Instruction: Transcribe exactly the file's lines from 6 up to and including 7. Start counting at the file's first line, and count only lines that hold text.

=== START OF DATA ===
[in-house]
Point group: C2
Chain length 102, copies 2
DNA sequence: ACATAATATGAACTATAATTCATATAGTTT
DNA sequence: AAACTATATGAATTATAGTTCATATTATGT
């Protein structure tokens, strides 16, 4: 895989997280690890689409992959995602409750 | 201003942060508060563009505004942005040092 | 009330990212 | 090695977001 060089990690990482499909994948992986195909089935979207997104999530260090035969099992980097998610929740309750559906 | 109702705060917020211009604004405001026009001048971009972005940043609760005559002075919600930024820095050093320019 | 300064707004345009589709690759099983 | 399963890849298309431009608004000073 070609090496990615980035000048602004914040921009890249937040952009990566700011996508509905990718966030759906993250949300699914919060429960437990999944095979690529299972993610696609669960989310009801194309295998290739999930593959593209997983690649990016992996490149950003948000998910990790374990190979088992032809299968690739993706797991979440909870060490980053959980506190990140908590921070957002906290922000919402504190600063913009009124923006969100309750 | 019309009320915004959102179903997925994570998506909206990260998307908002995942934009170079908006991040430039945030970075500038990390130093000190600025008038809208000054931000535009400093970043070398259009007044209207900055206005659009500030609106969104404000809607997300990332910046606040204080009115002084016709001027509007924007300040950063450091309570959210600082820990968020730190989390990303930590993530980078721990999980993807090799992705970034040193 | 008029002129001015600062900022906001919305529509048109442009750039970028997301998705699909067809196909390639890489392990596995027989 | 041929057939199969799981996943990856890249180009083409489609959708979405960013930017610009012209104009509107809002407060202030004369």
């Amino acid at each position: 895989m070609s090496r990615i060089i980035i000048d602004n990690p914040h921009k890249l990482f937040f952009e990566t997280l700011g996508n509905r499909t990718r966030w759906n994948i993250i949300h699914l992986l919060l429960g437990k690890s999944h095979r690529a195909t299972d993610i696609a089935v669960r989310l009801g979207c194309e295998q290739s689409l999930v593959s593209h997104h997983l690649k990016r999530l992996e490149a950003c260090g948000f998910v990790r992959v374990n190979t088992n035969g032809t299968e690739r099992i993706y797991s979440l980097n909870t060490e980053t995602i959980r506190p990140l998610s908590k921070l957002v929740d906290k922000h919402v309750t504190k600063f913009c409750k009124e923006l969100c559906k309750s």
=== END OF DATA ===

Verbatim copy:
């Protein structure tokens, strides 16, 4: 895989997280690890689409992959995602409750 | 201003942060508060563009505004942005040092 | 009330990212 | 090695977001 060089990690990482499909994948992986195909089935979207997104999530260090035969099992980097998610929740309750559906 | 109702705060917020211009604004405001026009001048971009972005940043609760005559002075919600930024820095050093320019 | 300064707004345009589709690759099983 | 399963890849298309431009608004000073 070609090496990615980035000048602004914040921009890249937040952009990566700011996508509905990718966030759906993250949300699914919060429960437990999944095979690529299972993610696609669960989310009801194309295998290739999930593959593209997983690649990016992996490149950003948000998910990790374990190979088992032809299968690739993706797991979440909870060490980053959980506190990140908590921070957002906290922000919402504190600063913009009124923006969100309750 | 019309009320915004959102179903997925994570998506909206990260998307908002995942934009170079908006991040430039945030970075500038990390130093000190600025008038809208000054931000535009400093970043070398259009007044209207900055206005659009500030609106969104404000809607997300990332910046606040204080009115002084016709001027509007924007300040950063450091309570959210600082820990968020730190989390990303930590993530980078721990999980993807090799992705970034040193 | 008029002129001015600062900022906001919305529509048109442009750039970028997301998705699909067809196909390639890489392990596995027989 | 041929057939199969799981996943990856890249180009083409489609959708979405960013930017610009012209104009509107809002407060202030004369």
């Amino acid at each position: 895989m070609s090496r990615i060089i980035i000048d602004n990690p914040h921009k890249l990482f937040f952009e990566t997280l700011g996508n509905r499909t990718r966030w759906n994948i993250i949300h699914l992986l919060l429960g437990k690890s999944h095979r690529a195909t299972d993610i696609a089935v669960r989310l009801g979207c194309e295998q290739s689409l999930v593959s593209h997104h997983l690649k990016r999530l992996e490149a950003c260090g948000f998910v990790r992959v374990n190979t088992n035969g032809t299968e690739r099992i993706y797991s979440l980097n909870t060490e980053t995602i959980r506190p990140l998610s908590k921070l957002v929740d906290k922000h919402v309750t504190k600063f913009c409750k009124e923006l969100c559906k309750s």